ane

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Albanian[edit]

Etymology[edit]

From Proto-Indo-European *ḫ-an- 'male or female ancestor'. Cognate to Old High German ano (grandfather, great-grandfather, forefather), ana (grandmother, great-grandmother, ancestress), Old Prussian ane (old mother), Lithuanian anýta (mother-in-law).

Noun[edit]

ane f

  1. old mother

Related terms[edit]


Balinese[edit]

Pronoun[edit]

ane

  1. that, which
    Benehang tulisane ane magaris betenne. - Correct the spelling which has an underline.

Cimbrian[edit]

Conjunction[edit]

ane

  1. without (not doing something)

References[edit]

  • “ane” in Umberto Martello Martalar, Alfonso Bellotto, Dizionario della lingua Cimbra dei Setti Communi vicentini, 1st edition, 1974.

Danish[edit]

Noun[edit]

ane c (singular definite anen, plural indefinite aner)

  1. forefather

Declension[edit]

Synonyms[edit]

Verb[edit]

ane (imperative an, infinitive at ane, present tense aner, past tense anede, perfect tense har anet)

  1. guess
  2. suspect (to imagine or suppose (something) to be true without evidence)
  3. glimpse

Conjugation[edit]



Finnish[edit]

Etymology[edit]

From the verb anoa +‎ -e.

Pronunciation[edit]

Noun[edit]

ane

  1. Indulgence (pardon or release from the expectation of punishment in purgatory, after the sinner has been granted absolution).

Declension[edit]

Inflection of ane (Kotus type 48/hame, no gradation)
nominative ane aneet
genitive aneen aneiden
aneitten
partitive anetta aneita
illative aneeseen aneisiin
aneihin
singular plural
nominative ane aneet
accusative nom. ane aneet
gen. aneen
genitive aneen aneiden
aneitten
partitive anetta aneita
inessive aneessa aneissa
elative aneesta aneista
illative aneeseen aneisiin
aneihin
adessive aneella aneilla
ablative aneelta aneilta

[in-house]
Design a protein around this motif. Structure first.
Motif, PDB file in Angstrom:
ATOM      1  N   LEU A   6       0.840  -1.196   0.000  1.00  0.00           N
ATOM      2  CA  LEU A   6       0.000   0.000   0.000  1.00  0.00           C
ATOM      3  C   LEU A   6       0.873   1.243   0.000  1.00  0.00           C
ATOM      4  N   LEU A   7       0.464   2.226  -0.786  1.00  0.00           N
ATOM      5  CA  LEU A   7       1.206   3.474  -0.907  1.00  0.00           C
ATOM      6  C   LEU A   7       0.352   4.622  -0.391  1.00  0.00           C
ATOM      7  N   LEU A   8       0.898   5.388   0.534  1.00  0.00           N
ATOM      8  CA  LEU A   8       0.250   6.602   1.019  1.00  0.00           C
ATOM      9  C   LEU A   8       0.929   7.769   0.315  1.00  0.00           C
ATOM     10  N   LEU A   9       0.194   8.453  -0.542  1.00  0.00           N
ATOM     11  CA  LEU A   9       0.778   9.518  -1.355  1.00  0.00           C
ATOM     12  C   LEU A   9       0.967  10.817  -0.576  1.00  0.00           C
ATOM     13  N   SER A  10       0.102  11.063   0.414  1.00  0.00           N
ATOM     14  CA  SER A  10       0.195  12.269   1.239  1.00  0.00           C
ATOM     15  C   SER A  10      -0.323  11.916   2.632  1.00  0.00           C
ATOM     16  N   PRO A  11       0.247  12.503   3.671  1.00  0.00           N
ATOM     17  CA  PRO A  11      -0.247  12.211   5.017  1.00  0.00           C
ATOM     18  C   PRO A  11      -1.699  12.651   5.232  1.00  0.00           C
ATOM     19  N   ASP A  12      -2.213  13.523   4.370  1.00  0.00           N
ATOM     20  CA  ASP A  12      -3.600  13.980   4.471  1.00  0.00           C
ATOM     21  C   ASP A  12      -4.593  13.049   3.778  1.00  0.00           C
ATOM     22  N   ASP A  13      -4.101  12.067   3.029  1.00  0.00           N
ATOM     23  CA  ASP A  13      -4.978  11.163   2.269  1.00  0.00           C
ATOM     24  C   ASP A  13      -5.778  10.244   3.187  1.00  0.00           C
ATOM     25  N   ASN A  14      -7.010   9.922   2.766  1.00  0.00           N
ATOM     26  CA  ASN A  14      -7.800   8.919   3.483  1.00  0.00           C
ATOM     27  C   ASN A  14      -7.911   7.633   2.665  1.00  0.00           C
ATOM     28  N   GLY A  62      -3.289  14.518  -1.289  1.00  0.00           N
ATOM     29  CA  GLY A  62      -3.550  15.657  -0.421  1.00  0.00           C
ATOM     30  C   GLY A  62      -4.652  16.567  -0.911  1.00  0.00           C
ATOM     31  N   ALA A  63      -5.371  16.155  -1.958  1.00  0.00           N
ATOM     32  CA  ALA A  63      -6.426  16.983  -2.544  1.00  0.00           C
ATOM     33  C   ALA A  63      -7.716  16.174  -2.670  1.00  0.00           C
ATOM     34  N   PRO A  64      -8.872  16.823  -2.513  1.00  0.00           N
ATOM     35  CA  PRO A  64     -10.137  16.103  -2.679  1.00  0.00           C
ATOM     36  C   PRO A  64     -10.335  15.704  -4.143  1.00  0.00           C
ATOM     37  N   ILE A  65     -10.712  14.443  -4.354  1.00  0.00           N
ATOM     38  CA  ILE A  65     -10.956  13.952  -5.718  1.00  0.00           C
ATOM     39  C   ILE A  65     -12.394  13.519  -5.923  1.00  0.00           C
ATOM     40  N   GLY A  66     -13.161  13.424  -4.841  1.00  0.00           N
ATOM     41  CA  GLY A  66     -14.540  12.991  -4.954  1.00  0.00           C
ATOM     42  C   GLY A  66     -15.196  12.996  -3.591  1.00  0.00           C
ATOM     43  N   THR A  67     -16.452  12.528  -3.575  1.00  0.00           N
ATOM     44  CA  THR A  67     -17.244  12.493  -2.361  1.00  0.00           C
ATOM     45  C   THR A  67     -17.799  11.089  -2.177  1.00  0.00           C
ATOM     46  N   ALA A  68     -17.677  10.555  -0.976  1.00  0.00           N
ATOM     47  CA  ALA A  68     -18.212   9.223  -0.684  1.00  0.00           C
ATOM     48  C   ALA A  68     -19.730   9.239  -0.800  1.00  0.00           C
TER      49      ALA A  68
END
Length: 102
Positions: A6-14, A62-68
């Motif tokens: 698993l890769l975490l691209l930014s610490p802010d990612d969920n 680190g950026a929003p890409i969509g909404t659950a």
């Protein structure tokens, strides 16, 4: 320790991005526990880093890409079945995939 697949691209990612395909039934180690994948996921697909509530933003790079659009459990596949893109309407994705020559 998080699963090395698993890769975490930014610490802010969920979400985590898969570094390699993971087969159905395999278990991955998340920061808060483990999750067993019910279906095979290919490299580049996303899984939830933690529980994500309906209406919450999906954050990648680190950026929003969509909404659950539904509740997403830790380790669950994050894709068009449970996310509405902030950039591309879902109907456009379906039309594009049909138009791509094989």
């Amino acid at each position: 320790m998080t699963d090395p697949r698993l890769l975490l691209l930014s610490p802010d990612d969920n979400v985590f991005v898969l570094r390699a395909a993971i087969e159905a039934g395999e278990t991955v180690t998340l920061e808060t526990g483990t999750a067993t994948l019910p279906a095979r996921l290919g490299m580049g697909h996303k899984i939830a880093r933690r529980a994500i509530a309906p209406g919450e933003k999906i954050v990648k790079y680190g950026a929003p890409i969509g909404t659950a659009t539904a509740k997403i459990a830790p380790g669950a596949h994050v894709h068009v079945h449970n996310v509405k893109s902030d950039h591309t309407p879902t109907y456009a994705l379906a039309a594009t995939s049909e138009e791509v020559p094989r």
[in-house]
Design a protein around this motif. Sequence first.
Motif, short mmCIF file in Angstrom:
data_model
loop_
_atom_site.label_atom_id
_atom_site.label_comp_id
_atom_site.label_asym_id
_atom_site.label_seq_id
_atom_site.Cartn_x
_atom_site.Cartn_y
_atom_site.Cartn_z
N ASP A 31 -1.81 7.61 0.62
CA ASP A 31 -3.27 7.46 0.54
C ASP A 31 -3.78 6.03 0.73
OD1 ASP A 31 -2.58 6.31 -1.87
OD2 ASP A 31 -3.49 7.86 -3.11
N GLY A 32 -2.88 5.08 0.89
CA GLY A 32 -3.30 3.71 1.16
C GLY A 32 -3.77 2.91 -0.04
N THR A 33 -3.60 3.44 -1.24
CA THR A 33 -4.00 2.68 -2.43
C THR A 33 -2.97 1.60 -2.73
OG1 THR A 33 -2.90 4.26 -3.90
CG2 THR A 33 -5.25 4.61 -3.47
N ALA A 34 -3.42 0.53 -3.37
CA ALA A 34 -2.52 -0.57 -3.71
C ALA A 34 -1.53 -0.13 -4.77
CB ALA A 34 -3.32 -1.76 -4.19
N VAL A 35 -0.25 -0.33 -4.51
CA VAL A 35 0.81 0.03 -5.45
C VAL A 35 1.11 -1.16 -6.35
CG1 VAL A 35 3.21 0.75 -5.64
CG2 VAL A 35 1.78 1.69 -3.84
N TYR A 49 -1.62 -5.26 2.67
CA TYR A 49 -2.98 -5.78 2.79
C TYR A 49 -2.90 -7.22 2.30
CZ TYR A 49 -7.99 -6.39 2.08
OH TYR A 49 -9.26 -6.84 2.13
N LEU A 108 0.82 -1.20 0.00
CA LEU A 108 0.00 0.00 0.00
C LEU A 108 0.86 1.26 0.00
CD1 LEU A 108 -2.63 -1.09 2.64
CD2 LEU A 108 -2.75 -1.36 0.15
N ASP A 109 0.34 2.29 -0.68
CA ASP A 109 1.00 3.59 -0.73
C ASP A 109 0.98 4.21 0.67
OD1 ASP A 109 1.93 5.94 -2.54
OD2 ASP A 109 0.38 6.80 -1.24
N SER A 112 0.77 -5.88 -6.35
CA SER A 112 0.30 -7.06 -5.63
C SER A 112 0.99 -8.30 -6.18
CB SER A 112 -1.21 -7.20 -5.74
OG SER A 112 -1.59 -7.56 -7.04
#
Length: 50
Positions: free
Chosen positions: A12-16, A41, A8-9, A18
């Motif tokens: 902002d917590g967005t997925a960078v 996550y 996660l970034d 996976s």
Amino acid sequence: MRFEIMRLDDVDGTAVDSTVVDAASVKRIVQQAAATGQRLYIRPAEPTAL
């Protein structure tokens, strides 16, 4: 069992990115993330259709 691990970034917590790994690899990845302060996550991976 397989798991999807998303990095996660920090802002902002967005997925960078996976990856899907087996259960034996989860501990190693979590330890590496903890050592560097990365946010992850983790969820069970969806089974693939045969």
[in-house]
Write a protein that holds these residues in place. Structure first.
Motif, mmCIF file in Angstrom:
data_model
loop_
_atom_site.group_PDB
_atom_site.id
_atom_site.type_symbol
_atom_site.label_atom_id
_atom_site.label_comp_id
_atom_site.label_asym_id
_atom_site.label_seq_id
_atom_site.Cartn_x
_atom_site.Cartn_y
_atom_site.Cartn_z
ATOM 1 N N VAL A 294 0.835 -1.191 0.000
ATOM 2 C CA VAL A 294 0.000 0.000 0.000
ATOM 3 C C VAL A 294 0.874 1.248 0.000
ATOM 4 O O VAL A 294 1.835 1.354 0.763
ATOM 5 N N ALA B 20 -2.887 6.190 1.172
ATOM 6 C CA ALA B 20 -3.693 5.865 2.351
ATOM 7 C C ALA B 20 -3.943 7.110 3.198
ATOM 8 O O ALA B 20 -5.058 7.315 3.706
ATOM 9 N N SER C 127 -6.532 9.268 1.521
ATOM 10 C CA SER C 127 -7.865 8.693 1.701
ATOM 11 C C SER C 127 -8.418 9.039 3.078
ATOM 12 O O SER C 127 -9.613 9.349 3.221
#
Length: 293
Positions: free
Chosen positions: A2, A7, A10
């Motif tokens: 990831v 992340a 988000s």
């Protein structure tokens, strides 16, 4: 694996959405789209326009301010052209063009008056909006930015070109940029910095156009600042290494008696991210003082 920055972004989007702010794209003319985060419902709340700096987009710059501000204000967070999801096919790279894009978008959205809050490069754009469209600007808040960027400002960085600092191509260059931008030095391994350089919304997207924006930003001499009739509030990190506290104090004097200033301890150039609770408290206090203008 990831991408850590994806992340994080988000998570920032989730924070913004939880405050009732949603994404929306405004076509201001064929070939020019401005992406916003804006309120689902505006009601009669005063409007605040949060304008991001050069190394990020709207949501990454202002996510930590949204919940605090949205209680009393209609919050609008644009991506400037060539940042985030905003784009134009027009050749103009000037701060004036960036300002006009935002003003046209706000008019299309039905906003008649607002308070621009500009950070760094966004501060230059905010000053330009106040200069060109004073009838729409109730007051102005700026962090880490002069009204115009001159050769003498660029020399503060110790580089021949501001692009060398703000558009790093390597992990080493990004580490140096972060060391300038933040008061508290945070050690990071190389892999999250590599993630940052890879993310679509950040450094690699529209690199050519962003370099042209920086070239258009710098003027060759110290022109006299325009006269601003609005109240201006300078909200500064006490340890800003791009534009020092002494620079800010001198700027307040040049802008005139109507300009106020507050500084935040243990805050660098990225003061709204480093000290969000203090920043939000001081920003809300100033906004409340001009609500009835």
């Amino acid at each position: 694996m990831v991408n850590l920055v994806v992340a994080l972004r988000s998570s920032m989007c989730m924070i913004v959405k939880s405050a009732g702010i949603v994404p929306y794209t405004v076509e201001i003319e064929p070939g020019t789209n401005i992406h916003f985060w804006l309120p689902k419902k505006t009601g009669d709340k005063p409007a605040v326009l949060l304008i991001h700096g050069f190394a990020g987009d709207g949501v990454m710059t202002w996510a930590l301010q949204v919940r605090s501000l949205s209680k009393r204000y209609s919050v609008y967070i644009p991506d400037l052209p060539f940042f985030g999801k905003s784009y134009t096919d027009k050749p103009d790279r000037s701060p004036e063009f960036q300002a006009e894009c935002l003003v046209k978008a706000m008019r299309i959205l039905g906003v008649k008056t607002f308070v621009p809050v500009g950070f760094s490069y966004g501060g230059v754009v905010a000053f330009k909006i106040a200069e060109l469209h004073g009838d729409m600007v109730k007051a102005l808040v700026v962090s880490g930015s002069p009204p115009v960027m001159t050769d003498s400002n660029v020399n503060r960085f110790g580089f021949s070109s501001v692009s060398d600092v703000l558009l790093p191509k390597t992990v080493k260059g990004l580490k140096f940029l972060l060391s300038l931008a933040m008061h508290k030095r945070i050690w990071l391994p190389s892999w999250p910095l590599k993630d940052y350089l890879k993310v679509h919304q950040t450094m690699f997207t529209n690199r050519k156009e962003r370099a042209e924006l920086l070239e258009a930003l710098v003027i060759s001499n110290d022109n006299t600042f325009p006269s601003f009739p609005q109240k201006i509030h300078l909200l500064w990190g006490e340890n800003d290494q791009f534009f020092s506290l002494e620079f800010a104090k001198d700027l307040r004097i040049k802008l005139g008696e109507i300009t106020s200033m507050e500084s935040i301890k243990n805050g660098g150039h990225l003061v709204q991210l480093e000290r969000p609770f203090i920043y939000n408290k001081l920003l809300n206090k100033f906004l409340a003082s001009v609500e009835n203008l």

allative aneelle aneille
essive aneena aneina
translative aneeksi aneiksi
instructive anein
abessive aneetta aneitta
comitative aneineen

Compounds[edit]

Anagrams[edit]


Japanese[edit]

Romanization[edit]

ane

  1. Rōmaji transcription of あね

Latin[edit]

Noun[edit]

āne

  1. vocative singular of ānus

Middle Dutch[edit]

Alternative forms[edit]

Pronunciation[edit]

Etymology 1[edit]

From Old Dutch ana, from Proto-Germanic *ana.

Preposition[edit]

āne

  1. on, on top of
  2. on, on the side of
  3. beside, alongside
  4. to, towards (also as strengthening of the dative case)
  5. during

Adverb[edit]

āne

  1. towards, closer

Descendants[edit]

Etymology 2[edit]

From Old Dutch āna, from Proto-Germanic *ēnō (without).

Preposition[edit]

âne

  1. without
  2. against, without regard for

Further reading[edit]

  • ane (I)”, in Vroegmiddelnederlands Woordenboek, 2000
  • ane (II)”, in Vroegmiddelnederlands Woordenboek, 2000
  • ane (III)”, in Vroegmiddelnederlands Woordenboek, 2000
  • aen (I)”, in Middelnederlandsch Woordenboek, 1929
  • aen (II)”, in Middelnederlandsch Woordenboek, 1929

Middle English[edit]

Article[edit]

ane

  1. a; an

Usage notes[edit]

  • Early on in the period, this inflection of the indefinite article was reserved for feminine nouns. Later in the period it came to be used in the oblique case or stylistically with all nouns regardless of gender (alongside the collapse of grammatical gender) and eventually disappeared altogether.

Motu[edit]

Noun[edit]

ane

  1. hymn

Northern Sami[edit]

Pronunciation[edit]

  • (Kautokeino) IPA(key): /ˈɑne/

Verb[edit]

ane

  1. inflection of atnit:
    1. present indicative connegative
    2. second-person singular imperative
    3. imperative connegative

Nyishi[edit]

Alternative forms[edit]

Etymology[edit]

From Proto-Tani *nə, from Proto-Tibeto-Burman *n(y)u.

Noun[edit]

ane

  1. mother

References[edit]

  • P. T. Abraham (2005) A Grammar of Nyishi Language[1], Delhi: Farsight Publishers and Distributors

Scots[edit]

Etymology[edit]

From Old English ān (one), from Proto-Germanic *ainaz (one).

Numeral[edit]

ane

  1. (cardinal) one

Uab Meto[edit]

Noun[edit]

ane

  1. rice